Boxing: Sergey Kovalev Fully Loaded

By Joseph Santoliquito Jul 31, 2014
Sergey Kovalev owns 22 knockouts among his 24 victories. | Photo Courtesy: Ed Mullholland/HBO



The dour expression on his face suggested he did not want to do this. Sitting amid all the jutting microphones and tape recorders, all the reporters trying to take copious notes, Sergey Kovalev would rather have faced Blake Caparello right there in the meeting room at the Affinia Hotel in Manhattan on July 26 than answer another question from the probing media.

Kovalev’s relief will come Saturday on HBO, as he climbs through the ropes to defend his WBO light heavyweight title against light-fisted Australian challenger Caparello (19-0-1, 6 KOs) at the Revel Casino in Atlantic City, N.J. Kovalev (24-0-1, 22 KOs), one of today’s most devastating punchers, brings a certain nostalgic sense to boxing. He is a very old-school, meat-and-potatoes stalker who provides knockouts, and in the time he is not sending his opponents to the canvas, he punishes them.

“They don’t call him ‘The Krusher’ for nothing,” said Lou DiBella, Caparello’s manager.

Caparello seems tailor-made for Kovalev. The Aussie southpaw has only stopped six opponents within the distance and has not scored a stoppage in more than two years. Still, Caparello feels he has something new that could throw off Kovalev. He thinks he has a model to follow in Kovalev’s last outing -- a seventh-round stoppage of Cedric Agnew in March. Caparello feels Kovalev struggled at times with Agnew’s lateral movement. It took him a little longer to get to Agnew than most.

“No one wants to feel [Kovalev’s] power, but I’m going to be in there and I’m going to feel it at some stage, and then I’ll figure out from there what game plan to use,” Caparello said. “We have different game plans that we’re going to use. I took a few things away from the Agnew fight. You have to respect Sergey’s power, but you can’t fear it. Agnew had a good plan and didn’t punch back. I’ll punch back. He’s going to have to fear my power, too. It doesn’t show on my record, but I do have the pop.”

To Kovalev, facing Caparello seems like a ho-hum proposition. Sure, “The Krusher” plays the media game, trying to drum up more attention for a fight no one thinks his opponent has a chance to win; and he knows what is expected: knocking out someone who has never lost, though Caparello has fought 19 of his 20 fights in his native Australia, hardly a boxing hotbed.

Fans like punchers -- they command most of the attention -- and Kovalev, who is gradually learning English, is one of the most fan-friendly fighters in boxing.

You better pay attention, though, when he fights. Kovalev has gone seven rounds twice in his last eight appearances and went the distance once in the last four years, recording an eight-round, split decision against journeyman Darnell Boone in October 2010. It remains Kovalev’s longest fight. He has gone an average of 3.6 rounds over his past 10 fights, excluding the two-round technical draw against Grover Young in August 2011.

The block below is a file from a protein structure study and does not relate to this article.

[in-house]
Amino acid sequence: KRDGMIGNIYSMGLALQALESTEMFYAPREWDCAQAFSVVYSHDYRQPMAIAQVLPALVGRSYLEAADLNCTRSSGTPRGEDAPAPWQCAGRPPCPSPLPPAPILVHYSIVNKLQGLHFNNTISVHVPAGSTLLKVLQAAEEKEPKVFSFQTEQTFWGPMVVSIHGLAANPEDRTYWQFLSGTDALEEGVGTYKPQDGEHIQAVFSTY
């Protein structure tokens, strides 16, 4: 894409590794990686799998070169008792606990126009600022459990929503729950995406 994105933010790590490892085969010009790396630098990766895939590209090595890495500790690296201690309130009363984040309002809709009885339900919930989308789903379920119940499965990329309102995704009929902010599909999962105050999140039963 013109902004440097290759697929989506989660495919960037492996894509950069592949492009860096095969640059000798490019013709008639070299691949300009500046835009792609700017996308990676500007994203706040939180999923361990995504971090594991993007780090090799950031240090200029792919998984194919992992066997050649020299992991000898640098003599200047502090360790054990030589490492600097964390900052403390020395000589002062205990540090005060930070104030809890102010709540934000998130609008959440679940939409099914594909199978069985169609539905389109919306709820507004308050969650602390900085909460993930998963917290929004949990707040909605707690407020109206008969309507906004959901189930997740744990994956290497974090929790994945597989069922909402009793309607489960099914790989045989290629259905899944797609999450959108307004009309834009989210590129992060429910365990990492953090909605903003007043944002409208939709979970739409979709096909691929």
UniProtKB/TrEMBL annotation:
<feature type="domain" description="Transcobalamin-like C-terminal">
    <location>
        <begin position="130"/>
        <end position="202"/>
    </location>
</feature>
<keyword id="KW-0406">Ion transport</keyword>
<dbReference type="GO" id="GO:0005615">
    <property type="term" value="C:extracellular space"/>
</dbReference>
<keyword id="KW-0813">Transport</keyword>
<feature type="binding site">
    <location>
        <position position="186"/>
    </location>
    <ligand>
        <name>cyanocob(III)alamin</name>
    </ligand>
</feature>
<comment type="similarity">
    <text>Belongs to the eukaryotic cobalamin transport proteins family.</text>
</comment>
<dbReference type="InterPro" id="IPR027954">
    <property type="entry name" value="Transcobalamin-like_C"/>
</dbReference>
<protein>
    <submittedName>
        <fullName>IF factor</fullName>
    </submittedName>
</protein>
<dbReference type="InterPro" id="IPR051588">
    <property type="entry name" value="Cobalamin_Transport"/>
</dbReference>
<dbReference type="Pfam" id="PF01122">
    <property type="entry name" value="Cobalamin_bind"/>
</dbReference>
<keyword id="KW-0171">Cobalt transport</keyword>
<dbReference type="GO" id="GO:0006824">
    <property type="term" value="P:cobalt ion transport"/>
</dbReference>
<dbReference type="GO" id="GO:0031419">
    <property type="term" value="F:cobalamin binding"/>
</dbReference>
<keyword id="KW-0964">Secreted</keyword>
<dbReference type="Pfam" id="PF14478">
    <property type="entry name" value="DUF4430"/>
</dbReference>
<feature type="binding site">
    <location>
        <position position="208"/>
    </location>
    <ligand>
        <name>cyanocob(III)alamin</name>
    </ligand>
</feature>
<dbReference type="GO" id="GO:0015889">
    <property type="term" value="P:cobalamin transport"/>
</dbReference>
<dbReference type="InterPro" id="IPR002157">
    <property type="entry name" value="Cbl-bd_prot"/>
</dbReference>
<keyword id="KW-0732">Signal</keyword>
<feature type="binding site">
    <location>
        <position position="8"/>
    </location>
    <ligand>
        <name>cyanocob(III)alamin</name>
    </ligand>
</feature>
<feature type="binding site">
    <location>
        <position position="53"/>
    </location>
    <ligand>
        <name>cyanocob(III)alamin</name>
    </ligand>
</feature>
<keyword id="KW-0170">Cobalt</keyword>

“I want to show people what they want to see,” Kovalev said. “I can’t think about what people say about me [being a knockout puncher]. I don’t go into fights looking for the knockout. My opponents think they will [beat me], but once they get into the ring, it’s another story.”

Kovalev grew annoyed when the names of IBF and WBC titlist, the legendary 49-year-old Bernard Hopkins, and linear world light heavyweight champion Adonis Stevenson were broached. He stressed he would rather focus on the fighter in front of him now, “Il Capo,” than waste energy thinking ahead of fights that may not happen.

“Once Blake gets hit once, the whole fight is going to change,” said John David Jackson, Kovalev’s trainer. “Caparello is talking a good game and everything, but we don’t underestimate him; we can’t. We lose to him and everything we’ve worked toward falls apart. Sergey will cut the ring off very nicely, and he’s a more patient fighter.”

Regardless of what Kovalev wants, it is still intriguing that Caparello is left-handed, as is Stevenson. Agnew was also a southpaw, and it is not a coincidence that fight happened. There is a future plan in place, and that aim, it appears, is Stevenson. Hopkins also appears to be on the radar.

“Sergey sees the money growing, and he doesn’t get frustrated in the ring,” Jackson said. “I think he gets frustrated with Stevenson talking all of this trash and now there is no fight, and now Bernard is talking this same thing. Bernard is an older man, and you have to treat him like an old man when you fight him; don’t give him the respect. No one has made Bernard work harder than he has to fight. Bernard is fighting in a young man’s sport. I spoke to Bernard. I don’t want to see Bernard get hurt. There’s nothing bad that I want to see happen to Bernard Hopkins, but if you keep talking that trash, you may get what you want. This kid doesn’t care what you did when you were middleweight world champion.”

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